The Power Of Publicity; Promotion Builds Potential Client Awareness Page 2
SB: Is giving art prints to charities for fundraising auctions
a valuable PR technique for photographers?
ET: Many networking, fundraising, and charitable events offer opportunities for photographers to give away art prints or special sittings. But don't expect to get much visibility from them. Aside from the mention of your name and the building of goodwill through generosity in front of the crowd, participation is likely to gain nothing more than warm fuzzies for the donor. A more effective course of action might be to offer new art to display each month at a popular café, coffee shop, or bookstore instead. You'll have a larger audience over time and could earn business in the long run.
SB: How do photographers generate publicity if they are not ready to hire a PR firm?
ET: They should start by making a list of goals that they wish to achieve through their publicity efforts. Is the number one priority to drive traffic to an online gallery? Is booking more weddings on the top of the list? Setting clear goals will help to develop the tactics needed to turn intentions into reality.
Creating a strategic, targeted plan is a must for photographers who want to
promote themselves. Research the types of promotional activities that will help
you attain your goals. Is it authoring an article for a regional wedding magazine?
Starting a blog to drive online traffic? Then, put those activities into a realistic,
step-by-step plan that is truly manageable and that takes your time, skills,
and confidence level into account.
Trishann Couvillon: Most of my marketing and PR education stems from studying on my own. I've always known that marketing was very important to establish and successfully grow my business. So I began by asking a great deal of questions and talking to other professionals who had marketing or PR experience.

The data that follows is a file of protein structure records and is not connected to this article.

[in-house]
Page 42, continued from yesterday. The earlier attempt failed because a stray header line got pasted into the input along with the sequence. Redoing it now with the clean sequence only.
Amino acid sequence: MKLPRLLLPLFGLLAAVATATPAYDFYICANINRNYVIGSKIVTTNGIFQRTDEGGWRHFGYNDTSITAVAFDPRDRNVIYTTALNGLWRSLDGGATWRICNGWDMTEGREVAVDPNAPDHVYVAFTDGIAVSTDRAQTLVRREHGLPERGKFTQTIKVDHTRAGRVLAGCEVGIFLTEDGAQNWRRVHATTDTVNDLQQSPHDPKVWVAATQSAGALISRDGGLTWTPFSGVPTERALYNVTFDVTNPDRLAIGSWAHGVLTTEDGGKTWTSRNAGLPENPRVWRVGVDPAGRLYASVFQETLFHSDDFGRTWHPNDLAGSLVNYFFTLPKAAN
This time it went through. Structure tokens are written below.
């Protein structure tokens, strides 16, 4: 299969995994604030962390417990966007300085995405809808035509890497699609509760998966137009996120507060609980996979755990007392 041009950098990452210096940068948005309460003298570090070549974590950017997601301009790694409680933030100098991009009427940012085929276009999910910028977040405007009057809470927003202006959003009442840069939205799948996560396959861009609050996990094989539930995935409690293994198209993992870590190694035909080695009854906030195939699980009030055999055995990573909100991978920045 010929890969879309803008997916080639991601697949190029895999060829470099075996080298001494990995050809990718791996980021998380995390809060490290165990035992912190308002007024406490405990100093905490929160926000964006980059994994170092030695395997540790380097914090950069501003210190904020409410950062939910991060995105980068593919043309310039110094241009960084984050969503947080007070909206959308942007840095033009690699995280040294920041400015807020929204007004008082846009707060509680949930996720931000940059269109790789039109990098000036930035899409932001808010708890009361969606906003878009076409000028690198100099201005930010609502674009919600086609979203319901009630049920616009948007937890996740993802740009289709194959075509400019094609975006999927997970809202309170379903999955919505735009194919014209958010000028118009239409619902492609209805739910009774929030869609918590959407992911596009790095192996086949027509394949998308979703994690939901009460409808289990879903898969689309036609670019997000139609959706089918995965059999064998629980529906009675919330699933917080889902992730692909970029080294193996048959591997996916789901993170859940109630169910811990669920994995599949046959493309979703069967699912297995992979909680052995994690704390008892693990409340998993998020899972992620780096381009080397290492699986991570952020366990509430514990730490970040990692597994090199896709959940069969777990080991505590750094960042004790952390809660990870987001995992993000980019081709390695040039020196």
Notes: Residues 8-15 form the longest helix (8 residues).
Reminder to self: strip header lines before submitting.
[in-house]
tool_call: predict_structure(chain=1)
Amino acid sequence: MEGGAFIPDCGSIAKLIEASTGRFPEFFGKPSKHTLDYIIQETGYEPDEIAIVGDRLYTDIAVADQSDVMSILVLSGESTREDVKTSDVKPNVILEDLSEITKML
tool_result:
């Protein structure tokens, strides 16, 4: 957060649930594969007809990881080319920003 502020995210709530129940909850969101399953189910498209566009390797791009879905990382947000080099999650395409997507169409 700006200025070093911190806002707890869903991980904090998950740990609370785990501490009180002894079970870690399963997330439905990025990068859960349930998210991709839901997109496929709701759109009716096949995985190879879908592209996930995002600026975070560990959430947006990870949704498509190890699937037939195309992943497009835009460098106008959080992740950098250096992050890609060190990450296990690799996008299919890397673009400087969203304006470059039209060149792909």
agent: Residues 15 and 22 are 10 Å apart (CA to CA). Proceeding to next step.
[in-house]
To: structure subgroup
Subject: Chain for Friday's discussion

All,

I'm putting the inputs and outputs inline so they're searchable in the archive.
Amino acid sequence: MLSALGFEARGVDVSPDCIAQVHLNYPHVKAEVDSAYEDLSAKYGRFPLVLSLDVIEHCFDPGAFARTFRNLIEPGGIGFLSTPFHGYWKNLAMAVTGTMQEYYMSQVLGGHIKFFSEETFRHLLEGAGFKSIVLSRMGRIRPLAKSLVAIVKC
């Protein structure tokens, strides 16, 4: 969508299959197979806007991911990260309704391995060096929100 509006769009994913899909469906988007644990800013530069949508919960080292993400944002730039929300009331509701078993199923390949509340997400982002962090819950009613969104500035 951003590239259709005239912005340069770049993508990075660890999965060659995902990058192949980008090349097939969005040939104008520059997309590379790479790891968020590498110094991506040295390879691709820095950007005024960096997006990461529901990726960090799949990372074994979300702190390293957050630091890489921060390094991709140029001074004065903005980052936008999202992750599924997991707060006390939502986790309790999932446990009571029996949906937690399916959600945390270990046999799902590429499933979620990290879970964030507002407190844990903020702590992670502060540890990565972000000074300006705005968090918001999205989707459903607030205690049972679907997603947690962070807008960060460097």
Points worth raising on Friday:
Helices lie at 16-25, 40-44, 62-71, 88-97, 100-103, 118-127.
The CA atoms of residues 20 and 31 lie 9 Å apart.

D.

Another method of learning was by attending meetings and workshops held by reputable photographic organizations. Professional Photographers of the Greater Bay Area (PPGBA), the American Society of Media Photographers (ASMP), and Professional Photographers of America (PPA) are some examples of organizations that may help to educate those who seek additional knowledge about our industry. I knew that a hired expert would eventually be necessary at some point, but it was invigorating to learn a bit about the PR industry on my own and undertake some initial publicity efforts with my limited resources.
SB: What made you decide to work with a PR firm?
TC: As a sole proprietor and an independent photographer with a very specific and unique visual point of view, I choose to work without an assistant for most of my events. It's important to know and accept your limitations. I was at a point in my career where expert help could take my business to the next level. Therefore, I sought out a PR firm that understood my specific goals and would help me to reach them. Knowing and taking into account the value of my time and energy, having a PR firm assures me that someone is scouting and contacting me when the appropriate opportunities arise. It is comforting to know that with my agency's help I can always utilize their promotional services and still stay focused on my photography without missing precious opportunities.